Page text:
Several articles were published to explain that finasteride facilitates the detection of existing high-grade cancers through increasing the sensitivity of PSA and digital rectum examination; the effects of finasteride on reducing the prostate volume and selective inhibition of low-grade cancer may be contributed to the increase in high-grade cancers. Also, the finasteride-associated increase in high-grade disease at biopsy was diminished in patients who had radical prostatectomy.
However, the possibility that finasteride may induce high-grade cancers cannot be excluded. The American Society of Clinical Oncology/American Urological Association 2008 Clinical Practice Guidelines stated that although the majority of the panel judged that the observed higher incidence of high-grade cancers in the finasteride group is most likely to be due to confounding factors, the result of induction by finasteride cannot be excluded with certainty. 2015 EAU guideline stated that although it seems that 5-AR inhibitors have a potential benefit in preventing or delaying the development of PCa (~25%, only of Gleason 6 cancer), this must be weighed against treatment-related side effects as well as the potential increased risk of high-grade PCa. It was recently reported that finasteride upregulates expression of androgen receptor in LNCaP cells, induces neuroendocrine differentiation and aggressive PCa, promotes high-grade PCa by inducing the expression of NF-related factor-2 in androgen refractory cancer cells, and down-regulates the apoptotic factors caspase-7 and IGFBP-3 in cancer cells upon finasteride treatment for 30 days before surgery.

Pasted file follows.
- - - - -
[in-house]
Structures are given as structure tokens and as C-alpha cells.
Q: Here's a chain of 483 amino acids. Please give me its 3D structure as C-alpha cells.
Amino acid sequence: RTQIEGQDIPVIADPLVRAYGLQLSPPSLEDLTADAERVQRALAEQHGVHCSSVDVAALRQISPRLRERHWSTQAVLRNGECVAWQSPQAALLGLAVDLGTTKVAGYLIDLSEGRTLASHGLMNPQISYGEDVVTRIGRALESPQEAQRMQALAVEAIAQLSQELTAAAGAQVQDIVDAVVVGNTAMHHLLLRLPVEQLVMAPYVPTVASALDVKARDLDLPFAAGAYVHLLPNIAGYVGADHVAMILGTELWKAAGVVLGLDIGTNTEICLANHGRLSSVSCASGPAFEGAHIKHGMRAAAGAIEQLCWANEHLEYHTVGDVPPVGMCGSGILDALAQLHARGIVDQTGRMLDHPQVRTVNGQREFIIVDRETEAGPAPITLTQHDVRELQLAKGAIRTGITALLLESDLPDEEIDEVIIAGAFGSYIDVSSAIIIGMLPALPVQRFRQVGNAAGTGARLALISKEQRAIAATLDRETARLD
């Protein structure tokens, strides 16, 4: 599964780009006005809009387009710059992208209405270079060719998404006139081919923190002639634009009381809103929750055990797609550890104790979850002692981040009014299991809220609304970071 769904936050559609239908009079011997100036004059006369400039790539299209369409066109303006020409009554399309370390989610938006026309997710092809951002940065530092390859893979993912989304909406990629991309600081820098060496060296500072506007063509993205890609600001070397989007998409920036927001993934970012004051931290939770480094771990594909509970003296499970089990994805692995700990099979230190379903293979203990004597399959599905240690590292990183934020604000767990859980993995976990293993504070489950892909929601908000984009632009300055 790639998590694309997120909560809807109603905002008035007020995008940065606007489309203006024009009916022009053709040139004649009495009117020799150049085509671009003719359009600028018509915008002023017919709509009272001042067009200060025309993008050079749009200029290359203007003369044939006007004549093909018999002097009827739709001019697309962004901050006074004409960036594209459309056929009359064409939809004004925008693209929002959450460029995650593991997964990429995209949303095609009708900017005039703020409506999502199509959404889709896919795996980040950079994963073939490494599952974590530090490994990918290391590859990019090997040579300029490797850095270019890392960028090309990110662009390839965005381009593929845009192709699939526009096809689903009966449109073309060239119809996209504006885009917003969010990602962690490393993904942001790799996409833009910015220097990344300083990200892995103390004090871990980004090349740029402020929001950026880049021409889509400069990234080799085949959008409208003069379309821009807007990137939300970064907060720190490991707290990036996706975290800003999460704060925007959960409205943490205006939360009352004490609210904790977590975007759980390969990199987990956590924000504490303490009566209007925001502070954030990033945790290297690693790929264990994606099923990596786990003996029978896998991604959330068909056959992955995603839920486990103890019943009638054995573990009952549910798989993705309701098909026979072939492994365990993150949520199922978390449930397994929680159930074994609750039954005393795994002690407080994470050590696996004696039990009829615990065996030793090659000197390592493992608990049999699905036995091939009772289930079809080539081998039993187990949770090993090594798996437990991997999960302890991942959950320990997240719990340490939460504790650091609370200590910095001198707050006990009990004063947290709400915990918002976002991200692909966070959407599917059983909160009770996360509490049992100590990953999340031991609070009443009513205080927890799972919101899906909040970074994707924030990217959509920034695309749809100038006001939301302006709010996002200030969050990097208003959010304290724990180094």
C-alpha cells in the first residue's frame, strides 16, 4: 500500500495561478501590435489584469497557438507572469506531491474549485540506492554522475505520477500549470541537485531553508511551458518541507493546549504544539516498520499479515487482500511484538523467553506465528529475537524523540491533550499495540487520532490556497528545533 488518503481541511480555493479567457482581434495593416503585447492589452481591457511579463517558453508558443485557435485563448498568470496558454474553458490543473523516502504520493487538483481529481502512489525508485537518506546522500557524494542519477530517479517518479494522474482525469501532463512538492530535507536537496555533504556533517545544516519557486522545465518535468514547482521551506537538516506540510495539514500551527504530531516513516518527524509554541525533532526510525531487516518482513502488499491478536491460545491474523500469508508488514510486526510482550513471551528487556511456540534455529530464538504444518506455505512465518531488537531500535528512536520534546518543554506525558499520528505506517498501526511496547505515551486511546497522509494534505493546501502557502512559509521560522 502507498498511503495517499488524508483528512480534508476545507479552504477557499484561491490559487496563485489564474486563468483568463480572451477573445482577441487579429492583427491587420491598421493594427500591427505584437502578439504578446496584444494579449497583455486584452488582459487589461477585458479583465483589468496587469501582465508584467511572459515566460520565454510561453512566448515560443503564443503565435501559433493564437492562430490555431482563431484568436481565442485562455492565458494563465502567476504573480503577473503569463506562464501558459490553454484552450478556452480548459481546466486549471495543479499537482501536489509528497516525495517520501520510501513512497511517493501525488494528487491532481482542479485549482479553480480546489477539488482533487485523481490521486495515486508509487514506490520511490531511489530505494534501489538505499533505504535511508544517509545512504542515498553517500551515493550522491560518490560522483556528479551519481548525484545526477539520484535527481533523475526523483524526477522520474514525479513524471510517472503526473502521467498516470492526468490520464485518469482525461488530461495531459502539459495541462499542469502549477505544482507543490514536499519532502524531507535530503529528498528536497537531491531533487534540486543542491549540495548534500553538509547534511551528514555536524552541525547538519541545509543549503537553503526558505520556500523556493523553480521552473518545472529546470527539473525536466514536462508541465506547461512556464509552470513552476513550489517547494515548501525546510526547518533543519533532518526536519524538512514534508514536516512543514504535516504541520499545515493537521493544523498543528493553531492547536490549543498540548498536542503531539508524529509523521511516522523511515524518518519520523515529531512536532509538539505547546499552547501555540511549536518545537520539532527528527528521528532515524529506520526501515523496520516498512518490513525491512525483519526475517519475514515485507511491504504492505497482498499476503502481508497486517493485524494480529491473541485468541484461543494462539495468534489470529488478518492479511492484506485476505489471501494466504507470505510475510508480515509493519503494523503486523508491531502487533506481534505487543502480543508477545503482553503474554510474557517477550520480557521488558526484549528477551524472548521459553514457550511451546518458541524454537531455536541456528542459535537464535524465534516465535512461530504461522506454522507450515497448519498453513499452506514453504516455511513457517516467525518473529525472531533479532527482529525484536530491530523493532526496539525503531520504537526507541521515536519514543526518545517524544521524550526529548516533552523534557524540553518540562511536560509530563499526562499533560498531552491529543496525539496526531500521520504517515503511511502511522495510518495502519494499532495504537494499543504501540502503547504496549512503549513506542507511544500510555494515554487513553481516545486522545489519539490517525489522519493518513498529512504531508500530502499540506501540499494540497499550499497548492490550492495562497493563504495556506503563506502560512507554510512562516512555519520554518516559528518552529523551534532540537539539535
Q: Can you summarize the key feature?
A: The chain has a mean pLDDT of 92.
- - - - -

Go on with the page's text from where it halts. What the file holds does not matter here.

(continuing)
To verify whether finasteride induces the progression of high-grade PCa, a xenograft mouse model was established using human PCa cells and stromal fibroblasts. We demonstrate that in a grafted tumor model, finasteride promotes tumor growth in the presence of stromal cells; furthermore, molecular pathways associated with cancer progression were promoted in cancer cells upon finasteride treatment. To the best of our knowledge, this article is the first to investigate the effects of finasteride on chemoprevention and therapy for PCa in an epithelial-stroma recombinant grafted mouse model. The role of fibroblasts and c-Jun in the chemoprevention and therapy for PCa are discussed.
| Materials and Methods|| |
Male athymic Balb/c-nu mice, 4-6 weeks old, were housed in laminar flow racks and provided with sterilized food and drinking water. Sterilized gloves, clean gowns, facemasks, and caps were used when handling the animals. All animals were purchased and used for experiments at Cancer Institute, Chinese Academy of Medical Sciences. All the experiments were approved by the Institutional Animal Care and Use Committee at Cancer Institute, Chinese Academy of Medical Sciences and were performed at Cancer Institute in accordance with ethical guidelines.
Establishment of the LNCaP (PC3) grafted mouse model
Eight mice in each group, 2.5 × 107 LNCaP cells, 5 × 106 PC3 cells, or recombinants of LNCaP (PC3) and fibroblasts (c-Jun+/+ or c-Jun−/−) in a ratio of 1:2.5, suspended in 250 μl of PBS, were mixed with 250 μl of Matrigel (Becton Dickinson labware, Bedford, MA, USA) and were then implanted subcutaneously in male athymic nude mice using a 25-gauge needle. The tumor volume was calculated by the modified ellipsoid formula: length × width2 × 0.52. When tumors grew to approximately 100 mm3 , animals were treated with finasteride (intra-gastric feeding, 100 mg kg−1 per day) for 5-6 weeks or with the same amount of coin oil was feed to mice as control group. The sizes of the tumors were measured twice a week. The final weight and volume were determined after the xenografts were harvested.
Immunohistochemistry staining of Ki-67, CK, and vimentin